So you’re moving in together. First, congratulations! It’s extra helpful to have an in-house companion to share laughs, and bills with. Whatever your journey together to get to this point– whether you’re partners, friends, or a couple of background-checked strangers who met on an app like Roomi — cohabitation is a serious step full of logistics to be considered and executed. So we’ve got some solid tips from some pretty experienced co-inhabitants that will help make your move, super smooth.
Your place, their place, or a new place?
This is the million-dollar question. If you’re answering an ad for a move-in ready place just waiting for a new roommate– the answer is easy. Most of your stuff can’t come. In this case, your parent’s basement, or a storage unit, maybe the best option for holding onto your things if you’re not ready to let them go. You and your new live-in human decide to abandon your separate spaces for some new, mutually beneficial digs? We’ve got you covered…
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Take inventory of your stuff.
Both you and your new roomie likely have a sofa, a kitchen table, and every other manner of basic household necessity. Obviously, unless you’re really into toast — there will be no need for duplicate toasters– or duplicate anything else, really. Sit down with one another and decide what stays, what gets donated, and what meets its fate at the dump.
Deciding what makes it and what doesn’t can be easier than you think. Before beginning the process of looking at apartments, get a realistic idea of how much space you’ll need by gauging how much stuff you have and measuring it. There’s a big difference in space requirement between a two-person kitchen table set up and a six-person dining ensemble. Being sentimental about your belongings is understandable– but when you’re about to share space with a roommate– being reasonable is better!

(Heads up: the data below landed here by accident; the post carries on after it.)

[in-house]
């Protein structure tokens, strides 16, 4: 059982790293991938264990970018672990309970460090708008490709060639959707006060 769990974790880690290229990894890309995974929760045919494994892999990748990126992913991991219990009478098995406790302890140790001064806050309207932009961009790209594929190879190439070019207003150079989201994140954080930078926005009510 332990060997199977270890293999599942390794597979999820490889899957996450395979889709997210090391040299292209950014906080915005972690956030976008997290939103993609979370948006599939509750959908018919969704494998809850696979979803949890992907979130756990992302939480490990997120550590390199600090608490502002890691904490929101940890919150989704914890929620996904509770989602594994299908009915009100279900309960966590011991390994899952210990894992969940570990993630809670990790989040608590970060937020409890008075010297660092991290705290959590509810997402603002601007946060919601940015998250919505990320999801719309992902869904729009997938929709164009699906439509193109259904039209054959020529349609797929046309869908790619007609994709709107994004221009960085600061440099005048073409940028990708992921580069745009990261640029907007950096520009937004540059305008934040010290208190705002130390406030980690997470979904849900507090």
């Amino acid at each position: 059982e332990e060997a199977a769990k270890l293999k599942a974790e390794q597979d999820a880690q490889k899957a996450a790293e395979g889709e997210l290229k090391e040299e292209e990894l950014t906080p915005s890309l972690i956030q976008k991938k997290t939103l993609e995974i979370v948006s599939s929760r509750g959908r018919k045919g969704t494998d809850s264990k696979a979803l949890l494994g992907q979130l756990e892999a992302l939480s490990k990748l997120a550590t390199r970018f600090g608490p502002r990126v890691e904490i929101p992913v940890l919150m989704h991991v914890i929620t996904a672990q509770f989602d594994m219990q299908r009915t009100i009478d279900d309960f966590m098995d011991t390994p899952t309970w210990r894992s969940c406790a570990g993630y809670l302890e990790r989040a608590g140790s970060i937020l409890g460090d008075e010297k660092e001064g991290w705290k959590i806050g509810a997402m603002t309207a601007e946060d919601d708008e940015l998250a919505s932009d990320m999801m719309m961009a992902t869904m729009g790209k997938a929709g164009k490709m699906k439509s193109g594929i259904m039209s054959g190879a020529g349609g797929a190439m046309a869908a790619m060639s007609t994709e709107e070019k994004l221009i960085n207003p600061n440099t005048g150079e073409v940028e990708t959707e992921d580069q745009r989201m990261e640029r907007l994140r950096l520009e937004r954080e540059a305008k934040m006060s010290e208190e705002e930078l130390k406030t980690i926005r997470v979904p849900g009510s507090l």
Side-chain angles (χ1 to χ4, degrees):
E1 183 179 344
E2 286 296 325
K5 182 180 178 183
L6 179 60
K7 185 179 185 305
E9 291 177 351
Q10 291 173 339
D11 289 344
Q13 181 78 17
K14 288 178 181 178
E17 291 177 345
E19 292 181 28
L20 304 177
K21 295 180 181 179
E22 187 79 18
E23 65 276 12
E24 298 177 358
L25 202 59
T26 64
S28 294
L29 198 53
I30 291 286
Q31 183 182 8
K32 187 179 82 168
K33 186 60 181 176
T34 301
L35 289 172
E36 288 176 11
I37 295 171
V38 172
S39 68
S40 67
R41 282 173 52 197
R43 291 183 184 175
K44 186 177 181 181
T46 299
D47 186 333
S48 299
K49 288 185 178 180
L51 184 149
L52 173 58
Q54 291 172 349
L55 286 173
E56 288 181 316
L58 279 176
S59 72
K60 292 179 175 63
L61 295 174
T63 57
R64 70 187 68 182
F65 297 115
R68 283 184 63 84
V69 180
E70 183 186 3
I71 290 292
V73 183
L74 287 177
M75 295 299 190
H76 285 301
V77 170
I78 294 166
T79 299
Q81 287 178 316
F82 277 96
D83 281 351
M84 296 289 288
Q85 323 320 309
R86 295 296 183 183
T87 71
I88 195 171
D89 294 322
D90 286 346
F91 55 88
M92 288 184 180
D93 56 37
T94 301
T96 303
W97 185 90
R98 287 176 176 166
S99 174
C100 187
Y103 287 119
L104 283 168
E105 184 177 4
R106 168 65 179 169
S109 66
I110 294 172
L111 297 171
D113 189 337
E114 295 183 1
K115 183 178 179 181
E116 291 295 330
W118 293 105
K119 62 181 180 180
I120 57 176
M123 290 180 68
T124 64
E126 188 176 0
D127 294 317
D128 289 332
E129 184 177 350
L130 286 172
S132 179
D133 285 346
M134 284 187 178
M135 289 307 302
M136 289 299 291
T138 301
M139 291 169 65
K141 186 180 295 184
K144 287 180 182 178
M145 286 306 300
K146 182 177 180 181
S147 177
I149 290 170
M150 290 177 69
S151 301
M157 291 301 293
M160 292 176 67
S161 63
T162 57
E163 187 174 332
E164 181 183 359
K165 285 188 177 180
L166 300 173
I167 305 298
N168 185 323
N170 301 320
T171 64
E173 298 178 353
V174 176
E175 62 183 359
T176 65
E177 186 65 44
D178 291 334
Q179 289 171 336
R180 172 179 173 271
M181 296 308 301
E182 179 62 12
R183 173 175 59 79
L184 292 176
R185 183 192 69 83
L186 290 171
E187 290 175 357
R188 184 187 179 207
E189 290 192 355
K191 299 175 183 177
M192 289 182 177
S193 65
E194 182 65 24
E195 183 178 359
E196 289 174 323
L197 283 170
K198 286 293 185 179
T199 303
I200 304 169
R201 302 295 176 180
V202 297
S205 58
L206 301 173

Procrastinating about getting rid of iffy furniture or stuff in those “maybe” boxes, will only cost you money and time. If these things are still around on moving day, you’ll either be paying a mover to clutter your new space, or sweating it out to clutter it, yourself. Either way, why go through all of that, only to decide that you don’t need the stuff, after all?!
Have the money talk.
While moving in together, even for couples, certainly doesn’t mean combining finances– in most cases, it does mean that your credit will be associated with your co-applicant. Who will assume responsibility for the energy bill? The 5g? It’s simple enough, in theory, to split the bills– but keep in mind that utility accounts are generally opened after a credit check. Meaning– you have to trust your roommate. If the bill is associated with your credit, and they don’t pay their half– you are still responsible for paying it in its entirety. This is why it’s essential to have a transparent discussion about finances with your roomie. Can they afford the house and the utilities? Can you?! Get those credit scores, bank statements, pay stubs, and references ready– because any reputable rental company will want to see all four.
Finally… what is the move?
Containers? Movers? Self-move? This seems like a simple enough choice– only it’s not. Especially if you and your roommate have separate styles of relocation organization and/or experiences with moving. You may have moved many times and have a system down– you know– what friends to call, where to get a reliable truck, etc. This rinse and repeat style is excellent for local moves. Still, it may not always be the best solution for more complicated or long distance moves– so it’s best to consider factors like distance, accessibility, and time of year. For instance, summertime is a big season for moving, so remember to factor in travel times around vacation traffic and the back to college crowd (even if you are the back to college crowd!)
So before you decide to shack-up with a friend, a partner, or a roommate app match– keep in mind– the steps leading to your cohabitation, are half the battle!
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